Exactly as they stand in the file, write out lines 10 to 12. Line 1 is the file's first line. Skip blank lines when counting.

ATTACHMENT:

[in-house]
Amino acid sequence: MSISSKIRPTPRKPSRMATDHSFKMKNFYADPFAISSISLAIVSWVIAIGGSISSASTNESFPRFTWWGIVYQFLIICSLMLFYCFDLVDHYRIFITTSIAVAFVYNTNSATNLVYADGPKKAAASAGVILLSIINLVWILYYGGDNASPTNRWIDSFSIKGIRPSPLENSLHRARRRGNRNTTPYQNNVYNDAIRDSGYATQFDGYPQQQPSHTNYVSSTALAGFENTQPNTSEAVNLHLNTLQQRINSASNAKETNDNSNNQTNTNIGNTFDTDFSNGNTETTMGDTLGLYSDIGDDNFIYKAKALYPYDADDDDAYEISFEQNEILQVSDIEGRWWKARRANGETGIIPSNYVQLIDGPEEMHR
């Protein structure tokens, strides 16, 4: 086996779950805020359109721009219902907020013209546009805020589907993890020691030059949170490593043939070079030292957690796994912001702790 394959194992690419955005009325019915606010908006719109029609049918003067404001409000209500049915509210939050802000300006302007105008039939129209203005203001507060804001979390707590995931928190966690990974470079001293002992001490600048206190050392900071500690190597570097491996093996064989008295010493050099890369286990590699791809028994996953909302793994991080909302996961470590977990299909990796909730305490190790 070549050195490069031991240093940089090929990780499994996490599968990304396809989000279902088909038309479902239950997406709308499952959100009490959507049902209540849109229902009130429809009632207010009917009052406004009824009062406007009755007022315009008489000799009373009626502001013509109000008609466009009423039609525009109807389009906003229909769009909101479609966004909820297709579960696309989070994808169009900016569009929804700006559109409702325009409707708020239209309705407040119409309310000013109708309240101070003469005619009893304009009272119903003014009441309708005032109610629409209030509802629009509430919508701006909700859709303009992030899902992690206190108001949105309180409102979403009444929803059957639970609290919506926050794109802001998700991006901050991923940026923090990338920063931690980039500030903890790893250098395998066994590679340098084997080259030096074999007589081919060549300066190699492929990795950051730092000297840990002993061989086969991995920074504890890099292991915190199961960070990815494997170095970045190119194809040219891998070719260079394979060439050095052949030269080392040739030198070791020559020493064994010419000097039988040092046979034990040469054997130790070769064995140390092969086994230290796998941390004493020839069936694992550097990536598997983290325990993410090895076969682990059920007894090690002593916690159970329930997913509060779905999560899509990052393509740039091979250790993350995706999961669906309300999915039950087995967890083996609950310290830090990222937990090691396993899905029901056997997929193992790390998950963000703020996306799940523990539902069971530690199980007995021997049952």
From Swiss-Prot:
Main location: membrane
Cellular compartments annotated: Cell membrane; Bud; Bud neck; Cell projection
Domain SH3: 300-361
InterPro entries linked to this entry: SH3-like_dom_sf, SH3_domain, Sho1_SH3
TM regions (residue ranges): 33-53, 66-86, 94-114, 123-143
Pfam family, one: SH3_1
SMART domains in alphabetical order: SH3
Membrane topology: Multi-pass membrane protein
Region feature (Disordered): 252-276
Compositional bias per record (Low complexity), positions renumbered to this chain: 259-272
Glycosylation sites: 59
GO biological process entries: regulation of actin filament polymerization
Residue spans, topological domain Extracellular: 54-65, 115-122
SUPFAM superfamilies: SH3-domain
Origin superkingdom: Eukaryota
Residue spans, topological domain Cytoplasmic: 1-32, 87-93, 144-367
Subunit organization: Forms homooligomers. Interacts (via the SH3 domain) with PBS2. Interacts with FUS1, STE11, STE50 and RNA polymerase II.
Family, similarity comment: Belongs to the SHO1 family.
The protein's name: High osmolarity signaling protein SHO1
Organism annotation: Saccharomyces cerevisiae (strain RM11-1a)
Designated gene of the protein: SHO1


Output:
Pfam family, one: SH3_1
SMART domains in alphabetical order: SH3
Membrane topology: Multi-pass membrane protein